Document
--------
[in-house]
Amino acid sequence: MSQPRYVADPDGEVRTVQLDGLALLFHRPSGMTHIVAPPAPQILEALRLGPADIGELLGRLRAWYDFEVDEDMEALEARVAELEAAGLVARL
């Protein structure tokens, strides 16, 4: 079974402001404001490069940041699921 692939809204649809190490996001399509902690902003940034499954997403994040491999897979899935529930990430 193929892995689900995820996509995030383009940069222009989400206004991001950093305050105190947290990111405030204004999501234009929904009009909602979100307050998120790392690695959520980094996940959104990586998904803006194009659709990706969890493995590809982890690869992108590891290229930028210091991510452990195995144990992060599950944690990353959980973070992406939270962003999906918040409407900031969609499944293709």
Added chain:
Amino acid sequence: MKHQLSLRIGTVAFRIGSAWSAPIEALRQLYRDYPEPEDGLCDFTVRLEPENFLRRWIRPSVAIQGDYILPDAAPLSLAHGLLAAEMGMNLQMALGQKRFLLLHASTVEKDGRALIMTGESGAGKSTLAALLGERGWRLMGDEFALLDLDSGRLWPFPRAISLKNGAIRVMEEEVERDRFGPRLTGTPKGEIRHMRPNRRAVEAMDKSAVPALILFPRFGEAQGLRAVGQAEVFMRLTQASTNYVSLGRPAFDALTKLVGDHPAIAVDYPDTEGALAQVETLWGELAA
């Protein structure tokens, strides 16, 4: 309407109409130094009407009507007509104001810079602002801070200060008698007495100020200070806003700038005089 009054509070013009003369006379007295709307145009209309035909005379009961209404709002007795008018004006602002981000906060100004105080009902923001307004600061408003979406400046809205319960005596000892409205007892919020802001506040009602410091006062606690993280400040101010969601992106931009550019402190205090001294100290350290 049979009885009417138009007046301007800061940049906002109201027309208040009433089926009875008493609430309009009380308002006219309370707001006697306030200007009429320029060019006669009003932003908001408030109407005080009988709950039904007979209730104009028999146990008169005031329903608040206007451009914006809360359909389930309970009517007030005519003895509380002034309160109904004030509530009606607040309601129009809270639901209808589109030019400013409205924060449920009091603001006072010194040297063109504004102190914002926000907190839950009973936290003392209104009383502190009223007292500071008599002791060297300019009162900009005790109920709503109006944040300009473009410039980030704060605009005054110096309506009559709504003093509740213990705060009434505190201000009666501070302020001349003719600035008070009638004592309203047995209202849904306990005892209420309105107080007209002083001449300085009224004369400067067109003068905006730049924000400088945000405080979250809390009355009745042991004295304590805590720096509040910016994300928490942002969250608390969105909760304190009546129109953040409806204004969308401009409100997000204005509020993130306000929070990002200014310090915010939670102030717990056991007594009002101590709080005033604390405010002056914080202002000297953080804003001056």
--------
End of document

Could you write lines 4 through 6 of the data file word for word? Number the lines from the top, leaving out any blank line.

Added chain:
Amino acid sequence: MKHQLSLRIGTVAFRIGSAWSAPIEALRQLYRDYPEPEDGLCDFTVRLEPENFLRRWIRPSVAIQGDYILPDAAPLSLAHGLLAAEMGMNLQMALGQKRFLLLHASTVEKDGRALIMTGESGAGKSTLAALLGERGWRLMGDEFALLDLDSGRLWPFPRAISLKNGAIRVMEEEVERDRFGPRLTGTPKGEIRHMRPNRRAVEAMDKSAVPALILFPRFGEAQGLRAVGQAEVFMRLTQASTNYVSLGRPAFDALTKLVGDHPAIAVDYPDTEGALAQVETLWGELAA
């Protein structure tokens, strides 16, 4: 309407109409130094009407009507007509104001810079602002801070200060008698007495100020200070806003700038005089 009054509070013009003369006379007295709307145009209309035909005379009961209404709002007795008018004006602002981000906060100004105080009902923001307004600061408003979406400046809205319960005596000892409205007892919020802001506040009602410091006062606690993280400040101010969601992106931009550019402190205090001294100290350290 049979009885009417138009007046301007800061940049906002109201027309208040009433089926009875008493609430309009009380308002006219309370707001006697306030200007009429320029060019006669009003932003908001408030109407005080009988709950039904007979209730104009028999146990008169005031329903608040206007451009914006809360359909389930309970009517007030005519003895509380002034309160109904004030509530009606607040309601129009809270639901209808589109030019400013409205924060449920009091603001006072010194040297063109504004102190914002926000907190839950009973936290003392209104009383502190009223007292500071008599002791060297300019009162900009005790109920709503109006944040300009473009410039980030704060605009005054110096309506009559709504003093509740213990705060009434505190201000009666501070302020001349003719600035008070009638004592309203047995209202849904306990005892209420309105107080007209002083001449300085009224004369400067067109003068905006730049924000400088945000405080979250809390009355009745042991004295304590805590720096509040910016994300928490942002969250608390969105909760304190009546129109953040409806204004969308401009409100997000204005509020993130306000929070990002200014310090915010939670102030717990056991007594009002101590709080005033604390405010002056914080202002000297953080804003001056």